Systemic dissemination and cecal colonization
Theoretically, Salmonella thriving and replicating in respiratory macrophages could be transported from the lungs to secondary lymphoid organs, such as the spleen, and spread systemically to the liver and potentially other organs. Systemic dissemination of Salmonella, after departing the respiratory organ, might well follow the same mechanisms observed for the fecal–oral route. Similar to the established process of oral infection, macrophages are major effector cells eliciting innate immunity, and also transport Salmonella to host tissues,142 primarily to organs of the reticuloendothelial system, such as the liver and spleen, along with kidney, blood, and reproductive tract.131 Macrophages provide a protected site for intracellular bacterial replication and further act as a vehicle of dissemination. Colonization of the gall bladder by Salmonella is of special importance, since this organ is recognized to be involved in the chronic carrier state. Eventually, Salmonella could end up in the intestinal tract via secretion of bile from the gall bladder, and begin its intestinal life cycle for further fecal dissemination.
Even though this may be the most conceivable mode of systemic spread of Salmonella, there could be other channels through which Salmonella could spread systemically. A growing body of evidence shows that the mucosa behaves as a systemwide network, suggesting that it should be seen from a holistic viewpoint as a global organ. Recent research evaluating the existence of communication between various mucosal sites indicates hitherto unappreciated levels of cross-talk between mucosal compartments, which influence mucosal immunity.143 Any substance that reduces ciliary motility or disrupts the ciliated epithelium could be expected to adversely affect the resistance of birds to microorganisms that normally enter via the respiratory system. Interestingly, an earlier study by Weinack et al, involving eight separate trials, considered this assumption and evaluated any effects of respiratory tract impairment on the gut microflora and gut pathogens, and reached an astounding conclusion. Chickens exposed to aerosolized Mycoplasma gallisepticum and infectious bronchitis virus started shedding higher doses of S. Typhimurium and E. coli more quickly than via oral challenge.90 The authors linked this observation to a decrease in intestinal microflora due to respiratory stress. However, they certainly suggested that the possibility of infection via aerosol inoculation for these organisms should not be ruled out.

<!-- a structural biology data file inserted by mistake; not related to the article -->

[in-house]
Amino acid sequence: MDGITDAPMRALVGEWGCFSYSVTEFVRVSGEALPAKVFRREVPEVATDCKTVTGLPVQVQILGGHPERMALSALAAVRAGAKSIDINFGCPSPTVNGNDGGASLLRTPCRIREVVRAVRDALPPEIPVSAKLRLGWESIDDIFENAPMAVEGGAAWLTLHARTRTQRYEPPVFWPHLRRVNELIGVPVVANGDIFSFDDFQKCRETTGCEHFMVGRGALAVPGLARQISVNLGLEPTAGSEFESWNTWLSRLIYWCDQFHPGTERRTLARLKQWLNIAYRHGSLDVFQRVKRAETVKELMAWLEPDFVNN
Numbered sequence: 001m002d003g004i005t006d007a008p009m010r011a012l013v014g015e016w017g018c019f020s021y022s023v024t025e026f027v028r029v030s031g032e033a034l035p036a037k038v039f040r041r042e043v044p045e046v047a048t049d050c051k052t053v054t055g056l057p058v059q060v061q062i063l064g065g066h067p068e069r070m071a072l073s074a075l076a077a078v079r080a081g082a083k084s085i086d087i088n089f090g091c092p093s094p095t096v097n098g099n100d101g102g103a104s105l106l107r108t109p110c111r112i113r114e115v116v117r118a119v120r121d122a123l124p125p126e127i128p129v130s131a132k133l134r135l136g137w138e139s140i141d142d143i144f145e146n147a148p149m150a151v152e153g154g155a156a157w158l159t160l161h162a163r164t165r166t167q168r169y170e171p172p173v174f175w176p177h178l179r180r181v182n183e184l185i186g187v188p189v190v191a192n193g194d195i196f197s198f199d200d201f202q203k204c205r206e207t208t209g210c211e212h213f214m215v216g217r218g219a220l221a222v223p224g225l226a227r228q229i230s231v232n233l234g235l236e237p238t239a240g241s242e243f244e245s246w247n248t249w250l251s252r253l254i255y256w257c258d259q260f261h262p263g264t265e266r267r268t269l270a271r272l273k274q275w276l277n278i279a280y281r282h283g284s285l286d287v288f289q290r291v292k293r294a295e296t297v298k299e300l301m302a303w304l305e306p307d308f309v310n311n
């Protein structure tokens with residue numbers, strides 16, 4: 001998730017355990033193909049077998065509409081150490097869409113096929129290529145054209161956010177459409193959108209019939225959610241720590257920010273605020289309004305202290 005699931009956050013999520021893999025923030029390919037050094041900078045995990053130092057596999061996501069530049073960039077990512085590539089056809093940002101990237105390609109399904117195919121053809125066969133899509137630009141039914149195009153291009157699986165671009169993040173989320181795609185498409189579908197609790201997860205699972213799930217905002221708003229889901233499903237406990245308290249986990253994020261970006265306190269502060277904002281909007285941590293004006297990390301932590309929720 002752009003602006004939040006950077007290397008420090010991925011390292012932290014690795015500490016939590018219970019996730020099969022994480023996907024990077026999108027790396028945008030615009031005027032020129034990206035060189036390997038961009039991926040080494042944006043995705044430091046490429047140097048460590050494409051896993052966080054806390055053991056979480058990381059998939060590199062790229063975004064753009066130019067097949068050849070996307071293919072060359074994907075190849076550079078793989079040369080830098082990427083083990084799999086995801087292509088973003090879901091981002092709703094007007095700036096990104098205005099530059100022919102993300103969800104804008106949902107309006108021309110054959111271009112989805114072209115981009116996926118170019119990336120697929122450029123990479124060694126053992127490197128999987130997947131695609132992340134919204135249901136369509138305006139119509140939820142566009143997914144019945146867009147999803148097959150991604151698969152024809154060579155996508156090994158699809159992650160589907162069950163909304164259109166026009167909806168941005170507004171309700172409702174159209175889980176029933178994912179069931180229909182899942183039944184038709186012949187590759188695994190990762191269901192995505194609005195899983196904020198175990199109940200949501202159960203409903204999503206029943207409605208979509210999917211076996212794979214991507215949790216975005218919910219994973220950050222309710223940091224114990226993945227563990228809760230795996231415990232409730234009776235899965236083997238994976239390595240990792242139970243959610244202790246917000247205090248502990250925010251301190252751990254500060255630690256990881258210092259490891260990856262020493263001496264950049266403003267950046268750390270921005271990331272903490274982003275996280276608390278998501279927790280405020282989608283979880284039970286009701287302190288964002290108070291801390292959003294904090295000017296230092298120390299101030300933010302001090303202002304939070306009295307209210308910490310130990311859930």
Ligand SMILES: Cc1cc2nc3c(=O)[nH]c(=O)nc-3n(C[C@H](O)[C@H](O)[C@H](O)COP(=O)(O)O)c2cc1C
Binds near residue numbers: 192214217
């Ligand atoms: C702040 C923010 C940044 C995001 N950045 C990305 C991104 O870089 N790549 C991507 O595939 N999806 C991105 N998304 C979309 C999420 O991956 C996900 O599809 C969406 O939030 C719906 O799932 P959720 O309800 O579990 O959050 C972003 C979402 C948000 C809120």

Collectively, such studies indicate that the mucosal immune system is essentially one large interconnected network and that the individual components are very efficient at sharing information distally. When we extrapolate this concept in the context of the pathogenesis of Salmonella and hypothesize those macrophages, as a critical part of the immune system with regard to the migrating capabilities of Salmonella, it is possible that these macrophages can actually carry ingested Salmonella from the respiratory system to the cecal tissue. An experimental understanding of this sort of communication between mucosal sites is fundamental to the next phase of characterization of the disease, and perhaps vaccine development. One way in which we might provide evidence for such cross-talk is through use of molecular markers. Alveolar macrophages in mammalian systems are the most abundant antigen-presenting cells in the lungs, and play a critical role in regulating pulmonary immune responses to inhaled pathogens and allergens. Striking phenotypic differences between alveolar and peritoneal macrophages have been described, particularly with regard to CD11c expression.144 Identification of similar markers in the avian system would prove beneficial and might be employed to demonstrate the migration of respiratory macrophages from airway regions to cecal tissue.